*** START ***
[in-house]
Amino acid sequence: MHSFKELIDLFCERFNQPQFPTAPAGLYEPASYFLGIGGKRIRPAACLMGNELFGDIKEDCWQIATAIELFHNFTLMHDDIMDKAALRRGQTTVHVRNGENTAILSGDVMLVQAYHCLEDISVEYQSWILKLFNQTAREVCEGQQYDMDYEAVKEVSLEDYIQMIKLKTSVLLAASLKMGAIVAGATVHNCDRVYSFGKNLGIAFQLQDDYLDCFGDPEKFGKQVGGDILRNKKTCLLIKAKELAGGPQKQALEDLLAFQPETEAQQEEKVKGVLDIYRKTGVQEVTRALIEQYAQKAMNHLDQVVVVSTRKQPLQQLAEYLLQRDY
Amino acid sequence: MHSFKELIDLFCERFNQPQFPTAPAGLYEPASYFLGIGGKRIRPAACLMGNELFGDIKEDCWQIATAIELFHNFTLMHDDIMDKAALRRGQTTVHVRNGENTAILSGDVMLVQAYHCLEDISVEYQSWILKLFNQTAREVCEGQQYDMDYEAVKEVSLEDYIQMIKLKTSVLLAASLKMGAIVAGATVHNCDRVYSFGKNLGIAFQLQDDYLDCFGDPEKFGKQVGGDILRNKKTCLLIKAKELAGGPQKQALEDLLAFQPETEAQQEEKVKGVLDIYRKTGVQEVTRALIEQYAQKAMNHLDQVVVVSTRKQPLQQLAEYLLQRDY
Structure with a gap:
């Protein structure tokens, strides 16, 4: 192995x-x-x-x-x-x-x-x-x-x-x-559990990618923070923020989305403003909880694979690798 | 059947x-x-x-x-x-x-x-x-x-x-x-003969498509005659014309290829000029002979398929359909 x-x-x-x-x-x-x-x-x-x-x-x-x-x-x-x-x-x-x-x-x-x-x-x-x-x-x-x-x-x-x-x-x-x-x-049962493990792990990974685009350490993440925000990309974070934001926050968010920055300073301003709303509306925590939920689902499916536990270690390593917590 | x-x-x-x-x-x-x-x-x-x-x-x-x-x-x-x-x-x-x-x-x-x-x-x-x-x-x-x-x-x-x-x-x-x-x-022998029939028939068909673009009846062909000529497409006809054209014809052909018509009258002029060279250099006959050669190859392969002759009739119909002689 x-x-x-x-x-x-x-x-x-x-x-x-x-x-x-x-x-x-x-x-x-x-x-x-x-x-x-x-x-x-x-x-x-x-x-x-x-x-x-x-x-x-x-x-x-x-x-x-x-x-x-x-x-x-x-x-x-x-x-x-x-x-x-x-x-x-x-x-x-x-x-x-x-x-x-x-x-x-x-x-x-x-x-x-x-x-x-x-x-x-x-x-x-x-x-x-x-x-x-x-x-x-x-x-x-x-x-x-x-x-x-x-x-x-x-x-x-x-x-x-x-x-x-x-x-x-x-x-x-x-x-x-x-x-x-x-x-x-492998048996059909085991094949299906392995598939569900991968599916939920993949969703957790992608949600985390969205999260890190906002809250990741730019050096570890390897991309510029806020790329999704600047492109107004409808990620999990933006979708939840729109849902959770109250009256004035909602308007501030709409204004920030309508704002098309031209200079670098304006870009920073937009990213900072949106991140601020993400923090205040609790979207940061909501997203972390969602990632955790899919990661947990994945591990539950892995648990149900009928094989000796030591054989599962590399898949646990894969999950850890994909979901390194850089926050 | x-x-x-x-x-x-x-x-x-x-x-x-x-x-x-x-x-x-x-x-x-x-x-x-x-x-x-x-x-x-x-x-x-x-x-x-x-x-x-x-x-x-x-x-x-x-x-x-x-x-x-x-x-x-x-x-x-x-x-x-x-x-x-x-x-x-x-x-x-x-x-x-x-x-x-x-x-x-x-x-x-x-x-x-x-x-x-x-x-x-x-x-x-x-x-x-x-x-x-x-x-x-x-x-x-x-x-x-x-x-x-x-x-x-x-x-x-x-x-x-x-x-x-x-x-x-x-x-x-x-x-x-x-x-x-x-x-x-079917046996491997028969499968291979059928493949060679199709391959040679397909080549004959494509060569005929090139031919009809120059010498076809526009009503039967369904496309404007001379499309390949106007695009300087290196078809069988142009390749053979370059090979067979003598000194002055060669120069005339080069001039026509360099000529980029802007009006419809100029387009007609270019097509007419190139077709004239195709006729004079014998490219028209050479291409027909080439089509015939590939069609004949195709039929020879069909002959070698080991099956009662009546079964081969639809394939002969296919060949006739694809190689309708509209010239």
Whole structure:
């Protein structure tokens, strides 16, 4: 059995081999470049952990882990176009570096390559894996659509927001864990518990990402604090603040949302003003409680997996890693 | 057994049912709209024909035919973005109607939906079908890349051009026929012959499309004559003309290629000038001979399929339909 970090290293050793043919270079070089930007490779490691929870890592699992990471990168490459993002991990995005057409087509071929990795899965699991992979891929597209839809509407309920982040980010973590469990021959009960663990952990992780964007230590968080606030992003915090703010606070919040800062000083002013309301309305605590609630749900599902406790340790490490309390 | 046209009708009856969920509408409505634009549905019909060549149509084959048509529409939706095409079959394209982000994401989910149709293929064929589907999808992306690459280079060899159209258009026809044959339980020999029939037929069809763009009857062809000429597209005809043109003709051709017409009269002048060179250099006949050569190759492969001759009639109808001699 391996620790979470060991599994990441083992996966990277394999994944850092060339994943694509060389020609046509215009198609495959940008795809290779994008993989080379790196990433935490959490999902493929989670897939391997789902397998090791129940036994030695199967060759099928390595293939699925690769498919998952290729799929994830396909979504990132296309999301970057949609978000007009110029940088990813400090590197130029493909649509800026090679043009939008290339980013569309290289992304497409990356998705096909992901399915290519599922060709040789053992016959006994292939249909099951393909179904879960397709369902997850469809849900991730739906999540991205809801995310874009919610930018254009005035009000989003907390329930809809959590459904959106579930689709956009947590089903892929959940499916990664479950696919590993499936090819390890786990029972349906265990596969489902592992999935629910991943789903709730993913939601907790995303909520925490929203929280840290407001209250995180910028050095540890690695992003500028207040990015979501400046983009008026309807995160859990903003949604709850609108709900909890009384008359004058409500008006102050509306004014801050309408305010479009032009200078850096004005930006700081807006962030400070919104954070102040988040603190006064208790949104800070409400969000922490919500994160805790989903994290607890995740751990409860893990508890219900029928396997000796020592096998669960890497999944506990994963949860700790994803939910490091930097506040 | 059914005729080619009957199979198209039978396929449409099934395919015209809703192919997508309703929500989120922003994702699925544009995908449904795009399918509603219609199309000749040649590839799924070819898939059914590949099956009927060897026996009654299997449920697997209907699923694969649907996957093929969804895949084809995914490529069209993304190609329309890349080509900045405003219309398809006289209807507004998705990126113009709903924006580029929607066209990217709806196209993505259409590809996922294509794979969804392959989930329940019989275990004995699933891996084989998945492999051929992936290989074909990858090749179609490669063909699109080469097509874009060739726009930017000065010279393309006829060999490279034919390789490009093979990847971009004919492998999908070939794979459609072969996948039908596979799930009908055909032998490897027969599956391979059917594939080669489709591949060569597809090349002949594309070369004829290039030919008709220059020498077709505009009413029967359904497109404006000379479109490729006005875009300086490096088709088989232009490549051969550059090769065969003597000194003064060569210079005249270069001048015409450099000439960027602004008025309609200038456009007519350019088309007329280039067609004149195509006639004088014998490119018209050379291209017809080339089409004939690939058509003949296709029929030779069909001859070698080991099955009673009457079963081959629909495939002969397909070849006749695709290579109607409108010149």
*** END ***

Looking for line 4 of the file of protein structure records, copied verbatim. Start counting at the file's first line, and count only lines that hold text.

Structure with a gap: